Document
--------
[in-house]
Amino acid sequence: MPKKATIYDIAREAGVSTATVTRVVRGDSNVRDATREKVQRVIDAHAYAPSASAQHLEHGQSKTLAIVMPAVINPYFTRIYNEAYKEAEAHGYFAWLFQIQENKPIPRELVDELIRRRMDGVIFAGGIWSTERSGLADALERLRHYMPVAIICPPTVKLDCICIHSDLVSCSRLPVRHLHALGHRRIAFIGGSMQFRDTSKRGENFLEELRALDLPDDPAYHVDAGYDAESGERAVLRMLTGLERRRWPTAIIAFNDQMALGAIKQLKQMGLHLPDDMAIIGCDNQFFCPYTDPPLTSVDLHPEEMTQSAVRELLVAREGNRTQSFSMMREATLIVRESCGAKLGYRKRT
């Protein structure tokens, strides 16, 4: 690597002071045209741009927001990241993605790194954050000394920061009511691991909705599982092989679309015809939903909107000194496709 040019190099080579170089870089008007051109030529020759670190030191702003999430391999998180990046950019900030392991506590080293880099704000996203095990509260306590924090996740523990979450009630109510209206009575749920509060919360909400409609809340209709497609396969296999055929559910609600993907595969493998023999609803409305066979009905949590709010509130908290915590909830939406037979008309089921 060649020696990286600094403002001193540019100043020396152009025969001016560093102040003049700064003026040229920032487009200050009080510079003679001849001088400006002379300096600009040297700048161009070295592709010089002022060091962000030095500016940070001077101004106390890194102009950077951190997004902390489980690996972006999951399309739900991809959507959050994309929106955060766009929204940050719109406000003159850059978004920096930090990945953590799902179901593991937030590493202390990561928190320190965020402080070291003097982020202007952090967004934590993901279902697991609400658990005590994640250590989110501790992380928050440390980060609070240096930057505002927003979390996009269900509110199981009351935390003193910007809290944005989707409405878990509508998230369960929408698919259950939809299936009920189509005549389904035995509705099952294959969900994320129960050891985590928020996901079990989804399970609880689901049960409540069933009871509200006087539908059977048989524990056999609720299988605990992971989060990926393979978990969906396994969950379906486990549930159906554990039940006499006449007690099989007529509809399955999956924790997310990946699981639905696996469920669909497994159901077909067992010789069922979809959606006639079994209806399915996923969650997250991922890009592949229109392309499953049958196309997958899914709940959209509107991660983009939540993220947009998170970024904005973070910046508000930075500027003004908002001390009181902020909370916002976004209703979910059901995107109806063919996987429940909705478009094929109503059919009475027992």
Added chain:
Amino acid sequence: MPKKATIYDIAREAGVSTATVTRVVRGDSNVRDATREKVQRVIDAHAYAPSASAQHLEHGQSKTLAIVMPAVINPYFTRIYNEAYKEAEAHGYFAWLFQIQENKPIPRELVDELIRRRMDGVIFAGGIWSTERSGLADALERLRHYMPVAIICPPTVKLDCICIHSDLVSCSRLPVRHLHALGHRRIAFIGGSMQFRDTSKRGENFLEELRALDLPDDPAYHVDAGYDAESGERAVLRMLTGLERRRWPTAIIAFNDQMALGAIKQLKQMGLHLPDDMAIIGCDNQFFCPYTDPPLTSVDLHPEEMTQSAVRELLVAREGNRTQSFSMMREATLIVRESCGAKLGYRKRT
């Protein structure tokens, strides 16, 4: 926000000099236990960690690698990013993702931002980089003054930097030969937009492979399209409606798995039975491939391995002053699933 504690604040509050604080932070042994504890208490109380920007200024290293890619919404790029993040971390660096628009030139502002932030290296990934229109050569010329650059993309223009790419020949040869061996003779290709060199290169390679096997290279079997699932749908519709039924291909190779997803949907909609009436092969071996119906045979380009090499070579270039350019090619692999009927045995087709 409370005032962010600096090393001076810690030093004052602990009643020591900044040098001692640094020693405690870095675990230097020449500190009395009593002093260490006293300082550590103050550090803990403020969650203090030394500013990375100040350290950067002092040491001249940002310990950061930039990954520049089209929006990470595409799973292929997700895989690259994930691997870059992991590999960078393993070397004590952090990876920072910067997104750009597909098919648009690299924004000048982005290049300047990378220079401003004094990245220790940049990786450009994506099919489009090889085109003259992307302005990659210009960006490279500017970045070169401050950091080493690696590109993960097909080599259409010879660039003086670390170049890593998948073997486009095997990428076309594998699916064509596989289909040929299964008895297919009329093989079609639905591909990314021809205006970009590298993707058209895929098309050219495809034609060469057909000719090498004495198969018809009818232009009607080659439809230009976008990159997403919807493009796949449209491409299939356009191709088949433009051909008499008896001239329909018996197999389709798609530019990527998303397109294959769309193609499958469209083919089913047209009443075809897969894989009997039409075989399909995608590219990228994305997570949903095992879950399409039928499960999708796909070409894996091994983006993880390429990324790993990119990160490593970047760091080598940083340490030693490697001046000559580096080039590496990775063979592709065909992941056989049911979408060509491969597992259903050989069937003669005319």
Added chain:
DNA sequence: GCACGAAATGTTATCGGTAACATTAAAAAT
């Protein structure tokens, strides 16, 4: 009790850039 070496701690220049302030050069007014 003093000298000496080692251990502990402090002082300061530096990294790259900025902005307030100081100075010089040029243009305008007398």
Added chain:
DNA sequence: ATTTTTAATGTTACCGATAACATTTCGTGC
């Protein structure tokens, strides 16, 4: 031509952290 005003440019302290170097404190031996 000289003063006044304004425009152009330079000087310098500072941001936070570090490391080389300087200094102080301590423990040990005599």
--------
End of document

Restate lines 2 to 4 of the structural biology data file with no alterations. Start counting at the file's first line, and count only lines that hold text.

Amino acid sequence: MPKKATIYDIAREAGVSTATVTRVVRGDSNVRDATREKVQRVIDAHAYAPSASAQHLEHGQSKTLAIVMPAVINPYFTRIYNEAYKEAEAHGYFAWLFQIQENKPIPRELVDELIRRRMDGVIFAGGIWSTERSGLADALERLRHYMPVAIICPPTVKLDCICIHSDLVSCSRLPVRHLHALGHRRIAFIGGSMQFRDTSKRGENFLEELRALDLPDDPAYHVDAGYDAESGERAVLRMLTGLERRRWPTAIIAFNDQMALGAIKQLKQMGLHLPDDMAIIGCDNQFFCPYTDPPLTSVDLHPEEMTQSAVRELLVAREGNRTQSFSMMREATLIVRESCGAKLGYRKRT
């Protein structure tokens, strides 16, 4: 690597002071045209741009927001990241993605790194954050000394920061009511691991909705599982092989679309015809939903909107000194496709 040019190099080579170089870089008007051109030529020759670190030191702003999430391999998180990046950019900030392991506590080293880099704000996203095990509260306590924090996740523990979450009630109510209206009575749920509060919360909400409609809340209709497609396969296999055929559910609600993907595969493998023999609803409305066979009905949590709010509130908290915590909830939406037979008309089921 060649020696990286600094403002001193540019100043020396152009025969001016560093102040003049700064003026040229920032487009200050009080510079003679001849001088400006002379300096600009040297700048161009070295592709010089002022060091962000030095500016940070001077101004106390890194102009950077951190997004902390489980690996972006999951399309739900991809959507959050994309929106955060766009929204940050719109406000003159850059978004920096930090990945953590799902179901593991937030590493202390990561928190320190965020402080070291003097982020202007952090967004934590993901279902697991609400658990005590994640250590989110501790992380928050440390980060609070240096930057505002927003979390996009269900509110199981009351935390003193910007809290944005989707409405878990509508998230369960929408698919259950939809299936009920189509005549389904035995509705099952294959969900994320129960050891985590928020996901079990989804399970609880689901049960409540069933009871509200006087539908059977048989524990056999609720299988605990992971989060990926393979978990969906396994969950379906486990549930159906554990039940006499006449007690099989007529509809399955999956924790997310990946699981639905696996469920669909497994159901077909067992010789069922979809959606006639079994209806399915996923969650997250991922890009592949229109392309499953049958196309997958899914709940959209509107991660983009939540993220947009998170970024904005973070910046508000930075500027003004908002001390009181902020909370916002976004209703979910059901995107109806063919996987429940909705478009094929109503059919009475027992």
Added chain: